PARIS (Reuters) - A photograph of Michael Jackson posing as an Egyptian pharaoh sold for 26,000 euros ($34,880) Monday at an auction featuring four never-before-seen portraits of the “King of Pop.”
The portrait of the late “Thriller” singer as a pharaoh, dressed in a gold cape and with dark shaded eyes, was bought at the Paris auction by Ora-Ito designer Ito Morabito. With the added commission, the final price ran at 32,240 euros.
“I have been a fan since I was born,” Morabito said. “It is unique and really represents who he was. 50 percent man, 50 percent god.”
Since his sudden death in June 2009 due to an overdose of drugs, Jackson photos and memorabilia have sold for record prices. The “Billie Jean” singer’s trademark white glove sold at an auction of Jackson memorabilia for $350,000 last year in November, a few months after his death.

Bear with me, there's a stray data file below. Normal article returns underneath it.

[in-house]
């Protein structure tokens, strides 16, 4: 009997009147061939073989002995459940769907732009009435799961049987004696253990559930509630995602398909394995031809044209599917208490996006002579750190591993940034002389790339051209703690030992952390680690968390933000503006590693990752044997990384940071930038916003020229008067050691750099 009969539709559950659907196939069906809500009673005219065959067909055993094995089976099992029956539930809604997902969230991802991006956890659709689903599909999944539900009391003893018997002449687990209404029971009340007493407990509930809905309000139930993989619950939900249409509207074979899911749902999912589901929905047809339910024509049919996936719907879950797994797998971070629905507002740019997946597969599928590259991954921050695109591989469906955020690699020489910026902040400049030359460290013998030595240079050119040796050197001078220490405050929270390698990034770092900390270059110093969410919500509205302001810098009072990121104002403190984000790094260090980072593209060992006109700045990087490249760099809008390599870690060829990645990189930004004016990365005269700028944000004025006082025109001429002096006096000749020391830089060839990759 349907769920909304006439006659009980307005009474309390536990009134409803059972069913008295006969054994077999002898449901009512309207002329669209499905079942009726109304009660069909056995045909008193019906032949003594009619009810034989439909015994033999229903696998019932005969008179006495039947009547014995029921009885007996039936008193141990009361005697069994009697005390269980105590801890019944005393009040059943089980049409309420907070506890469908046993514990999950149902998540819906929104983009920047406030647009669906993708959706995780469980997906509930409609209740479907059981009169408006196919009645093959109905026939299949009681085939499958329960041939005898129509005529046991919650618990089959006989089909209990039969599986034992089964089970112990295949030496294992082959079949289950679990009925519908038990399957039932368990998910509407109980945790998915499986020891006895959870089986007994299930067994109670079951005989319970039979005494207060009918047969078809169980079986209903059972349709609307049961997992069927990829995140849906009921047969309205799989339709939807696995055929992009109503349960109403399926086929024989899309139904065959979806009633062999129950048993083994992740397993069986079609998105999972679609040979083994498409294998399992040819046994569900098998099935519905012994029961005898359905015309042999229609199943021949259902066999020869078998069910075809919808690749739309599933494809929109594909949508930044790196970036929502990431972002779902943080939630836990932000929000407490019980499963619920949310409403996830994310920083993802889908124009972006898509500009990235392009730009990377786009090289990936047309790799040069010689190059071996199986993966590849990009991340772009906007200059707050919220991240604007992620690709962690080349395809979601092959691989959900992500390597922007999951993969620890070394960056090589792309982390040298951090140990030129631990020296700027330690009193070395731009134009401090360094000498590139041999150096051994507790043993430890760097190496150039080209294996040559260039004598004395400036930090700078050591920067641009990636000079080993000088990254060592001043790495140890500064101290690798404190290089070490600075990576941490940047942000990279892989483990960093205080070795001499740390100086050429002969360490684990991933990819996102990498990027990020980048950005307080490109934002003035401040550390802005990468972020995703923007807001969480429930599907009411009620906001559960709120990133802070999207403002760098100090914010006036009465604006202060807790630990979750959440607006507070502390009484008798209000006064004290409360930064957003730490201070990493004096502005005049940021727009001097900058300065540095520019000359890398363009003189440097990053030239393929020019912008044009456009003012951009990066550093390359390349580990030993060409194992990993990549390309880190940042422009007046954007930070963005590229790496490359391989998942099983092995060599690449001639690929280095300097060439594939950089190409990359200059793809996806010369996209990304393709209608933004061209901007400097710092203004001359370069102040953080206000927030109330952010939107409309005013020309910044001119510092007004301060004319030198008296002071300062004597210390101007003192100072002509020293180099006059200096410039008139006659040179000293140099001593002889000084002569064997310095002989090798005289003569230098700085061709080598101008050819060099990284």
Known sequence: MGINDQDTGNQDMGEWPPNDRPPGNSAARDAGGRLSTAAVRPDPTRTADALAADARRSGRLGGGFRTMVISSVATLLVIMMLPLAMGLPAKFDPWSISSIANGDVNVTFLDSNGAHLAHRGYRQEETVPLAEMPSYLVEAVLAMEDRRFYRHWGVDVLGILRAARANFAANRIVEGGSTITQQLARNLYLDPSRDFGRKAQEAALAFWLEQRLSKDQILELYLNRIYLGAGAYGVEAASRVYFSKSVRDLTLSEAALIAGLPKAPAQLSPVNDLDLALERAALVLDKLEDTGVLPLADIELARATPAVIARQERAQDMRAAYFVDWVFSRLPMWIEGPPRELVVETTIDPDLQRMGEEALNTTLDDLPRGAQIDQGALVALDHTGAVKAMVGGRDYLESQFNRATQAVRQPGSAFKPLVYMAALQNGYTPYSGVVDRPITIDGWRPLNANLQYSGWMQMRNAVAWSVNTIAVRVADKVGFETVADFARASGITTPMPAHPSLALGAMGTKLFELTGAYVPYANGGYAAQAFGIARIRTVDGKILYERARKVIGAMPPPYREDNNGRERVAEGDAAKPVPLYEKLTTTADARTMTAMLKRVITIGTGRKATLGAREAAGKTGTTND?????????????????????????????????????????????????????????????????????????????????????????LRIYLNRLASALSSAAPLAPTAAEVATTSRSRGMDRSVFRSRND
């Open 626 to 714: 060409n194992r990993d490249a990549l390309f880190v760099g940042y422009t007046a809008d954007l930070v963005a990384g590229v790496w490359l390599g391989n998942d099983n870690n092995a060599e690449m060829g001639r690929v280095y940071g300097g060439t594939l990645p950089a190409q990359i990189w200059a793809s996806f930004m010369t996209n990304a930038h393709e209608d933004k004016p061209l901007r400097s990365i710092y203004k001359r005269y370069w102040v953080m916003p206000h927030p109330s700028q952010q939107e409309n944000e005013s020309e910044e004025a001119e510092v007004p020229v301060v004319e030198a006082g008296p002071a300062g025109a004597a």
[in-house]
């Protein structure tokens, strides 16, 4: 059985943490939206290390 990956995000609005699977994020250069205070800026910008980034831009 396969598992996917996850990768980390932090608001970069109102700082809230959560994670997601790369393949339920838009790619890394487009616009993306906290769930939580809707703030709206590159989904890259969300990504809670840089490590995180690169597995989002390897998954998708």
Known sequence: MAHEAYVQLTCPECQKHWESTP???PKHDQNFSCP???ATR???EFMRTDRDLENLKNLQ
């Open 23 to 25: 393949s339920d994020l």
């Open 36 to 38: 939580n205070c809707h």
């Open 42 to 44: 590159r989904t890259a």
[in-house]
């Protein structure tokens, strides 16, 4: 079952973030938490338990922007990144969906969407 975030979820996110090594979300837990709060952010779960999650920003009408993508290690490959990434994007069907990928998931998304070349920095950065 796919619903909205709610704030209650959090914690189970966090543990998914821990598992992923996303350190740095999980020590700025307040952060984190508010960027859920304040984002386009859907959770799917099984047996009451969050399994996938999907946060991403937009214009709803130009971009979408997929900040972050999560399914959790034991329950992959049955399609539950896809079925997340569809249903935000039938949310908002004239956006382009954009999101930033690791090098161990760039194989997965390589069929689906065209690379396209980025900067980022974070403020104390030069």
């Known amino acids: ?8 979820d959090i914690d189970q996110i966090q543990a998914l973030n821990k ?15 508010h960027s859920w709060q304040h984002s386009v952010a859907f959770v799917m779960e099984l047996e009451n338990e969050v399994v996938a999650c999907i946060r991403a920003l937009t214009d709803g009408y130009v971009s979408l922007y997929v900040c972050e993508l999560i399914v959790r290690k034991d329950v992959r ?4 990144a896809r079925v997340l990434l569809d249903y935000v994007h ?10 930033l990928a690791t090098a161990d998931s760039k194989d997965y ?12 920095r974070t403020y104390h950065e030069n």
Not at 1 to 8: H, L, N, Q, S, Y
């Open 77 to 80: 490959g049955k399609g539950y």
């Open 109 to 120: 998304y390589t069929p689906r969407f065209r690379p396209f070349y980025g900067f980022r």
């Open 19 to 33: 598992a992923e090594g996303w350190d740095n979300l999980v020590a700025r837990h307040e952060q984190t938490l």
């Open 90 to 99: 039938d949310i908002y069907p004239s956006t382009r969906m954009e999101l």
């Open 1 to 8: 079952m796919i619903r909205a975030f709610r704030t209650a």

A posthumous album with new material and entitled “Michael,” hits the stores this week.
A second portrait showing Jackson with sparkling blue glitter around his left eye soared to 25,000 euros in less than a minute. A third picture showed the singer in a black shirt pulled up to below the eyes standing against a screen of multicolored beads. It sold for 22,000 euros.
The fourth portrait, featuring Jackson standing in front of a red curtain, fetched 9,000 euros. Most of the other lots sold for around 1,500 euros.
The pictures were taken in 1999 by French photographer Arno Bani, then just 23. Jackson had reportedly wanted him to take the pictures for his 10th album “Invincible,” released in 2001, the singer’s last studio album.
The photographer signed over the rights to Sony for 10 years but the pictures were never used by the record label.
About 200 fans and dealers turned out at the Hotel Salomon de Rothschild, a private mansion in Paris. The sale was run by the house Pierre Berge & associes.
Editing by Paul Casciato